Getting the neon sign Rabbit described, or just having "ASSHOLE" tattooed on one's forehead would be cheaper and more direct.
My impression, not tending bar but having friends that do, is that having a little autonomy and not being watched constantly is one of the things that makes people take that job, often for rather low wages. They can give away a freebie or two. Doesn't mean they do it very often, but they can. If they really *are* ripping you off, every day, there's a reason for it and you might find it by looking in the mirror.
Can't wait to hear what Marc has to say about this one.
|By Mr_Rabbit on Thursday, April 12, 2001 - 03:25 pm: Edit|
It will have some negative effects, I think.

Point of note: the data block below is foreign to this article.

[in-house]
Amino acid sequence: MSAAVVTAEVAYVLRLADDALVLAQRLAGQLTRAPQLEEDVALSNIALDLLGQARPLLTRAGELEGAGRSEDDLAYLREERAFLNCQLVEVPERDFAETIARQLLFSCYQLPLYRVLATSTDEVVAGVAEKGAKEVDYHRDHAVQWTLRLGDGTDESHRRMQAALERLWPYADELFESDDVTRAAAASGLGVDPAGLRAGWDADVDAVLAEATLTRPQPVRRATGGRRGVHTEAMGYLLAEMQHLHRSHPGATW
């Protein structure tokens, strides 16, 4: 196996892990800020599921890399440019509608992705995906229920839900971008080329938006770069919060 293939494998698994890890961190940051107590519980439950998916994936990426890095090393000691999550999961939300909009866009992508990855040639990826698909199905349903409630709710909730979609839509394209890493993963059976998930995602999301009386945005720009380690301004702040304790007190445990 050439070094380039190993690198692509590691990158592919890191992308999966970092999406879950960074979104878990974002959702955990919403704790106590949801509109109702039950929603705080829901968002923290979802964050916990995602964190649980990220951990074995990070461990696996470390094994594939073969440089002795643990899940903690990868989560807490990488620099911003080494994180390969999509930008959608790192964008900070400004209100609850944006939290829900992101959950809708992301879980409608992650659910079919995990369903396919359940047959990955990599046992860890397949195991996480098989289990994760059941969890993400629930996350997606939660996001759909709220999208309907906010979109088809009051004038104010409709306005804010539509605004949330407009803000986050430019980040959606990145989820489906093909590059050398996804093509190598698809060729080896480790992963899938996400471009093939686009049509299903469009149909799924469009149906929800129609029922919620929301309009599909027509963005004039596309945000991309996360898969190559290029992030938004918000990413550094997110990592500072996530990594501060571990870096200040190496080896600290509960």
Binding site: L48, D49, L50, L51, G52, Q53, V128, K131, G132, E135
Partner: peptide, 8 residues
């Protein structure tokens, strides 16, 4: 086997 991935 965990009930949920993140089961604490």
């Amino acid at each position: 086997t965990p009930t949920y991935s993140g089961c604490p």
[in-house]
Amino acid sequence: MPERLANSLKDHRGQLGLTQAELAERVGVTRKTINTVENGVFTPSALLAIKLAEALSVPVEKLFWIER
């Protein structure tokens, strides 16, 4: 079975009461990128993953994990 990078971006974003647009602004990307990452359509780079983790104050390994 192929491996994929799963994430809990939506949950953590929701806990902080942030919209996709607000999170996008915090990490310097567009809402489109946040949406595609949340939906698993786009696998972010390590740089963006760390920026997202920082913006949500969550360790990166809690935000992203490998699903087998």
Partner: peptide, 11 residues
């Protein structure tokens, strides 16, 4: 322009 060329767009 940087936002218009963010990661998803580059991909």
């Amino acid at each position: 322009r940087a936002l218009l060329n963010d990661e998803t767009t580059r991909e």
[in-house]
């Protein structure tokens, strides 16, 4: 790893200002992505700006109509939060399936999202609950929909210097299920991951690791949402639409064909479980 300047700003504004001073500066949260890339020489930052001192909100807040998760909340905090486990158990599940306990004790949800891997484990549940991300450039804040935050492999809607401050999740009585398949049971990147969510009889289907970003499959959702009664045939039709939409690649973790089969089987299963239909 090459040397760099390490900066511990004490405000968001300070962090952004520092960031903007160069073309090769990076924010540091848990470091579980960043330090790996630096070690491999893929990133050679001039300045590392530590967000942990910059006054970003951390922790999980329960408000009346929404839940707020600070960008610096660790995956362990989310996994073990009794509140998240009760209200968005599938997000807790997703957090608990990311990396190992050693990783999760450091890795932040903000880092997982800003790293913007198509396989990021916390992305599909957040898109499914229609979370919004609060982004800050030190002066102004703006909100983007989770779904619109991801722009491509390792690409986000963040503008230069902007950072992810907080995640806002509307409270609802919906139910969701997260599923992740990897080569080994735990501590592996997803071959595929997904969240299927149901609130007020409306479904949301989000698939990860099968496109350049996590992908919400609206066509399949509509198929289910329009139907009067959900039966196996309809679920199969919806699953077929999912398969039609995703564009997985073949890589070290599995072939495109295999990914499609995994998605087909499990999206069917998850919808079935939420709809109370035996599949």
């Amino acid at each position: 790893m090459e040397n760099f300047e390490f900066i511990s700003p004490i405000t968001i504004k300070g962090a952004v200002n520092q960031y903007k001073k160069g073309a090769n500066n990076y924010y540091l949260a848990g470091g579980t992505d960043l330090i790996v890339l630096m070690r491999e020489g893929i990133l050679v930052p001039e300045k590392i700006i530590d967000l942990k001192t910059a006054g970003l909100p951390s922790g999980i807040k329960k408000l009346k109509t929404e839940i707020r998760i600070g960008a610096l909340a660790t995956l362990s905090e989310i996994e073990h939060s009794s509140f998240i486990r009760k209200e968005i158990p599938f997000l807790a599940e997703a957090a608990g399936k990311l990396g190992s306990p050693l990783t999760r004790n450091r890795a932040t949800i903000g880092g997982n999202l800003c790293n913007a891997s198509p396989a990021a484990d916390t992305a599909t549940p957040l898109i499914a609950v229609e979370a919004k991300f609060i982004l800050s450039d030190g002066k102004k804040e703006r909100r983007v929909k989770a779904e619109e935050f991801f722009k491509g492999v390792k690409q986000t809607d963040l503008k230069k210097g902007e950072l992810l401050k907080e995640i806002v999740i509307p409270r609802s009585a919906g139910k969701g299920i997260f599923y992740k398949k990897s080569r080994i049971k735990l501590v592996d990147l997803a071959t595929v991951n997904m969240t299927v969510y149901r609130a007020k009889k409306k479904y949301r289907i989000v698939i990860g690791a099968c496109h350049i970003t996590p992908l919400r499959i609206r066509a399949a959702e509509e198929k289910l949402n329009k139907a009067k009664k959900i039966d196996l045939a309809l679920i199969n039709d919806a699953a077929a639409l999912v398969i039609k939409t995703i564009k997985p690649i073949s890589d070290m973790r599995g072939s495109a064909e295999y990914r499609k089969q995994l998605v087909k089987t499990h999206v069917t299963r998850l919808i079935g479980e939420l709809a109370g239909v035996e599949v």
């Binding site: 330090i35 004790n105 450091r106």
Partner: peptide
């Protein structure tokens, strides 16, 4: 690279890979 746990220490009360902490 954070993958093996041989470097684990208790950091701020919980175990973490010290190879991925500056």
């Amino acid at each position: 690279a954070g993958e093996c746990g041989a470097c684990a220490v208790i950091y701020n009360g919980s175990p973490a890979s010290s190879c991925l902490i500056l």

I never worked in a bar, maybe it's different, but installing a system like that is like putting up a neon sign that says 'I don't trust you, you thieving bastards' in your breakroom. This does not create a happy workforce (some might steal who wouldn't have out of pure resentment.)
If I were a resentful bartender, I would fill empty bottles up with tap water when the boss wasn't around. I would dump them out, over and over again. I would do this randomly, and the boss would come to believe that pour cap chips are wildly inaccurate, as would the staff, when the Cuervo chip reported 80 liters were poured.
And of course, you could just randomly set off a little radio jammer (which are easier to get and build than you might think, and pretty inexpensive...)
|By Wolfgang on Thursday, April 12, 2001 - 03:21 pm: Edit|
I'm not sure why but I HATE this gadget already.
I suggest a better version of the gizmo : When your bottle get 1/2 empty, it automatically send an order to S.C. ;-)
|By Zack on Thursday, April 12, 2001 - 11:53 am: Edit|
It's true, you can't trust bartenders...I used to be one.